Researchers may have finally succeeded in producing metallic hydrogen, a complex and elusive state that was first theorized over 80 years ago.
This impressive feat was achieved by cooling down hydrogen to 5.5 Kelvin (-268 ° C/-450 ° F) by Dr. Ranga Dias and Professor Isaac Silvera of Harvard University while compressing it to a staggering pressure of 4.8 million atmospheres. This week in Science, the breakthrough is reported.
Using diamond anvil cells, the incredibly high pressure was achieved. But it wasn’t an easy approach. For many years, scientists have been trying to get to this pressure, and although they have nearly got there, it is only now that scientists have the right set-up.
“Because diamonds failed before a sufficiently high pressure was reached, metallic hydrogen was never made before,” Professor Silvera told IFLScience. “We don’t use natural diamonds, we use synthetics that are very homogeneous, whereas natural ones have inhomogeneities and internal defects and impurities.”
Hydrogen is a molecular gas in its standard form with its atoms bound in pairs, each of which shares an electron with the other. The pressure mounts and things get weird when hydrogen is placed between the anvils.
Hydrogen becomes opaque (hence the nickname black hydrogen) at a pressure of 3.2 million atmospheres and is also a semiconductor. However, only much higher pressure can break the molecular bonds and create the phase of metallic hydrogen. The gas seemed to turn into metal, with an atomic metal’s expected properties. The two scientists believe that metallic hydrogen is solid, but the team was not able to confirm it experimentally.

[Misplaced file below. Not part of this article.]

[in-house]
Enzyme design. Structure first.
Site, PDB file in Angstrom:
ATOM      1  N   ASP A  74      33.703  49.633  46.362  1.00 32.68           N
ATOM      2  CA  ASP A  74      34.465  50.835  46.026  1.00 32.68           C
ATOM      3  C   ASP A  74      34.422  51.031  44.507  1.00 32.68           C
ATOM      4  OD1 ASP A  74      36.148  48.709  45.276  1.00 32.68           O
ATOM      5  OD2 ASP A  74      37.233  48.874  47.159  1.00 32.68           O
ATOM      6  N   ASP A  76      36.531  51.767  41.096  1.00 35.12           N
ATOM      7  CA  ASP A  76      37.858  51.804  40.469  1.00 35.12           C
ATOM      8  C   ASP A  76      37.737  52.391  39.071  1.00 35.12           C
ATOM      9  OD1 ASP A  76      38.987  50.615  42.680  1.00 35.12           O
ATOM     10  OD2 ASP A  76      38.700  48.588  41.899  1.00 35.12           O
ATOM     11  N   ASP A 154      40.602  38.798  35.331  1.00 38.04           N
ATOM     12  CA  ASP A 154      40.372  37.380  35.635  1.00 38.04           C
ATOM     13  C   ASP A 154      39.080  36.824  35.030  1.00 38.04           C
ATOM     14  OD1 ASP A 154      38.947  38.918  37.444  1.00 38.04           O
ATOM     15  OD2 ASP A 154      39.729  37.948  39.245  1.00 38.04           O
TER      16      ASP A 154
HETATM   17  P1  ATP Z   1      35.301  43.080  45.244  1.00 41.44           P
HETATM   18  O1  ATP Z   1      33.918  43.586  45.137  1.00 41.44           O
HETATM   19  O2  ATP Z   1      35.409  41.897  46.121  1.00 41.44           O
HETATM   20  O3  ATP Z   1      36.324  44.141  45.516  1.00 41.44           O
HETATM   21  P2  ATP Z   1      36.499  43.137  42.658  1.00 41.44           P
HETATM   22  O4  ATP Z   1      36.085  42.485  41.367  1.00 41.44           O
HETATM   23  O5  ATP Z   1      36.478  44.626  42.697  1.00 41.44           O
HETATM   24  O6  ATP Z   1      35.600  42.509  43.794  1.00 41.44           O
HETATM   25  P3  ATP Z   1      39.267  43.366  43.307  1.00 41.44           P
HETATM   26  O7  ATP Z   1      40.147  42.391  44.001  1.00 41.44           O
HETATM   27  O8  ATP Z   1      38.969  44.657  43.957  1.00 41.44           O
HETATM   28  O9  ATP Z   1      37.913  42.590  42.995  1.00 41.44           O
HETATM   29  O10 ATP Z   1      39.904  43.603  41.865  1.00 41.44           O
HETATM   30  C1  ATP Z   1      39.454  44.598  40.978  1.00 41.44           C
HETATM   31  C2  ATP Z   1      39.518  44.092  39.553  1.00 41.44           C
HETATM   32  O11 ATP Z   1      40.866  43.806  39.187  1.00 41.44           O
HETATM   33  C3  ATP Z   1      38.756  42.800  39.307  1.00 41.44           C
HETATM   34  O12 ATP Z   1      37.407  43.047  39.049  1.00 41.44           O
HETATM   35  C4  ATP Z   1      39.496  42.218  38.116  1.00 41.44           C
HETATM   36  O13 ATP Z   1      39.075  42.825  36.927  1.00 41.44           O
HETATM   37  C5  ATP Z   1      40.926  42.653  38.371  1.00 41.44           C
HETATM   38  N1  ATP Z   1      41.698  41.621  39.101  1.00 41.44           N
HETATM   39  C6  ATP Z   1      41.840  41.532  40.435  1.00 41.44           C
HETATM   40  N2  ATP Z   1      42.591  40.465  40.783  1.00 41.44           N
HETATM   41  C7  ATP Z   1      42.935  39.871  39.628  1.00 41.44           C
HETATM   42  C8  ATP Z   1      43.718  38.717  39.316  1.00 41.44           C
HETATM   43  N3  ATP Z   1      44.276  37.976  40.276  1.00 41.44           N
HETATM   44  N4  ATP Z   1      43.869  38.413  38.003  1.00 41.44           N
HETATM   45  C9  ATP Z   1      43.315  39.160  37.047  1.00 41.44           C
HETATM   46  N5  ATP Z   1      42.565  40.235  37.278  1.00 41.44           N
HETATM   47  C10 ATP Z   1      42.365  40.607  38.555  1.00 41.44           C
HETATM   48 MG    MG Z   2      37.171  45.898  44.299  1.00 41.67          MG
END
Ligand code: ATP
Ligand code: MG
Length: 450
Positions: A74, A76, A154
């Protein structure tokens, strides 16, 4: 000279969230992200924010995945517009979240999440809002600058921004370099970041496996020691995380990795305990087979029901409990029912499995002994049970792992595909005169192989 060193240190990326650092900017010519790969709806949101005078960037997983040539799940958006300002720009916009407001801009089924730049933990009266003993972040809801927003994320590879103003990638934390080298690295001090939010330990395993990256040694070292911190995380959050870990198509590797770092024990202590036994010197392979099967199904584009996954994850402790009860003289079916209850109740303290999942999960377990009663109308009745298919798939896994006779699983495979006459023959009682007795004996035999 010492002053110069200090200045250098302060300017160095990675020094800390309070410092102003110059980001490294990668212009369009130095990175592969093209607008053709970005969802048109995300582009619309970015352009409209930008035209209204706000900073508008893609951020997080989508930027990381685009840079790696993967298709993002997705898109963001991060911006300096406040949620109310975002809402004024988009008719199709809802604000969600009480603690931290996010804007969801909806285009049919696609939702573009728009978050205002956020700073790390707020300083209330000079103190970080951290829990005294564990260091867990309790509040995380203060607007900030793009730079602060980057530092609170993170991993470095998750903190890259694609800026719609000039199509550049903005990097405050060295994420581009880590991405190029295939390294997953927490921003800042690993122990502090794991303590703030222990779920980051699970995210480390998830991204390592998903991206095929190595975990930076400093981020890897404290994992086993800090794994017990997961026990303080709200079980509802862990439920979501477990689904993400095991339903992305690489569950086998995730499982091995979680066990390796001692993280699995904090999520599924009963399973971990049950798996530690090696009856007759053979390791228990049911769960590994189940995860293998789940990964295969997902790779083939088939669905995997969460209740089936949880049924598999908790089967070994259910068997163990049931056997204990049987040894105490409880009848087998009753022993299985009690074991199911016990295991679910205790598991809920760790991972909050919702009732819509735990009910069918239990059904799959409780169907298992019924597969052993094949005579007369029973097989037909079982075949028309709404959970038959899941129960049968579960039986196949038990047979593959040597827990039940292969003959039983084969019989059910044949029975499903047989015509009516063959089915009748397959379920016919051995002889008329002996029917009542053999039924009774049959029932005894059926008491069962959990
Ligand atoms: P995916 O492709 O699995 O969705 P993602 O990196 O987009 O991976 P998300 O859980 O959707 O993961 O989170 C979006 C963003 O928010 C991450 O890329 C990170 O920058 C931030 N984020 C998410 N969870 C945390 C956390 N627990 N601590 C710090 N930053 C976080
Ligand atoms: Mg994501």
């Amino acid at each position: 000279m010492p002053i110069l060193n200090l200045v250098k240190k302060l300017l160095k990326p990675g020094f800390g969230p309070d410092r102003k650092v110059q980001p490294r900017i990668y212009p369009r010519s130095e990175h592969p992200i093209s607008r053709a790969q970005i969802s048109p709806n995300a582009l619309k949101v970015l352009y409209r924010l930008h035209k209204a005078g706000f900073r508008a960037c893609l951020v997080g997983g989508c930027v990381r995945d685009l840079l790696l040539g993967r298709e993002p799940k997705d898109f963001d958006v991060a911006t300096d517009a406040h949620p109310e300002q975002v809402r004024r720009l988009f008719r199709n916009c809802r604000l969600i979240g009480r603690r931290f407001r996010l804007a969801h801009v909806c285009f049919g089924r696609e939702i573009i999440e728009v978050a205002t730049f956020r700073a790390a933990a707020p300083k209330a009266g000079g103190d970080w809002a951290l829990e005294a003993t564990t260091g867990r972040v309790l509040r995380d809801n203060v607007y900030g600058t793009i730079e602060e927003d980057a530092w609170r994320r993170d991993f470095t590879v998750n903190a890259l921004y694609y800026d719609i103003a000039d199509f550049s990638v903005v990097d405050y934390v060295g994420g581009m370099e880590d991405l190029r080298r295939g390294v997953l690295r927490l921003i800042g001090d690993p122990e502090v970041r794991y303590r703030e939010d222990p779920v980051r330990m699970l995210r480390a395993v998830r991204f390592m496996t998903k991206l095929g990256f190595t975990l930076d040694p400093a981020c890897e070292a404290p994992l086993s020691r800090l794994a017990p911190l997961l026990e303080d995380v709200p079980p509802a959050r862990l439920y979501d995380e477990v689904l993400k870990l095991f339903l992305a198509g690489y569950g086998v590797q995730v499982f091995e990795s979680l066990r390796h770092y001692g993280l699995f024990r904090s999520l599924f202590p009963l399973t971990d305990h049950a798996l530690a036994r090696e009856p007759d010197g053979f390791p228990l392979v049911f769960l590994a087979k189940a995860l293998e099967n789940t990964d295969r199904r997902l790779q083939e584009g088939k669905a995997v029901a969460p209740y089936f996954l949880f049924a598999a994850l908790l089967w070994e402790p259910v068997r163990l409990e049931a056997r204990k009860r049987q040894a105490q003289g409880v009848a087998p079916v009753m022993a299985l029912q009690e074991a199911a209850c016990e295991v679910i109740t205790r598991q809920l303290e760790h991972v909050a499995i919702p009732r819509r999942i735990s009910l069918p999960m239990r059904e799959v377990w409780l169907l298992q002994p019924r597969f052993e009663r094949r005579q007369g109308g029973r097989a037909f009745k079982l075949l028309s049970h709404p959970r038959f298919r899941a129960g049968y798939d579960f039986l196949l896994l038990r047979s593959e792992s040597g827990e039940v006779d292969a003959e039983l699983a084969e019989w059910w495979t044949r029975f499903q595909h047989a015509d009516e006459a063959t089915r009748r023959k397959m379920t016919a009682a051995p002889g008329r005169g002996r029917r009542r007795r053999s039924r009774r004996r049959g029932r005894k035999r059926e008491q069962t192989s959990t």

Certainly, confirmation is key. While the team is very confident, others have doubted that the long-awaited phase is what has been seen.
E first predicted this peculiar hydrogen phase in 1935. Wigner as well as H.B. Huntington, and this has since become the “holy grail of physics of high pressure.” But in estimating the necessary pressures, Wigner and Huntington were wrong. They believed that metallic hydrogen could be achieved with a pressure of 250,000 atmospheres, nearly 20 times lower than was claimed
For the sake of science, the ability to create metallic hydrogen would not just be a science triumph. It has a multi-disciplinary impact to understand the metallic properties of the most abundant element in the universe.
After the pressure is removed, metallic hydrogen is considered to be metastable at room temperature, so it could be used in nuclear fusion. It is also thought to be a superconductor of high temperature, which if confirmed would be an incredible breakthrough. Even astronomy could benefit from this discovery–metallic hydrogen could be the core of Jupiter, Saturn, and exoplanets.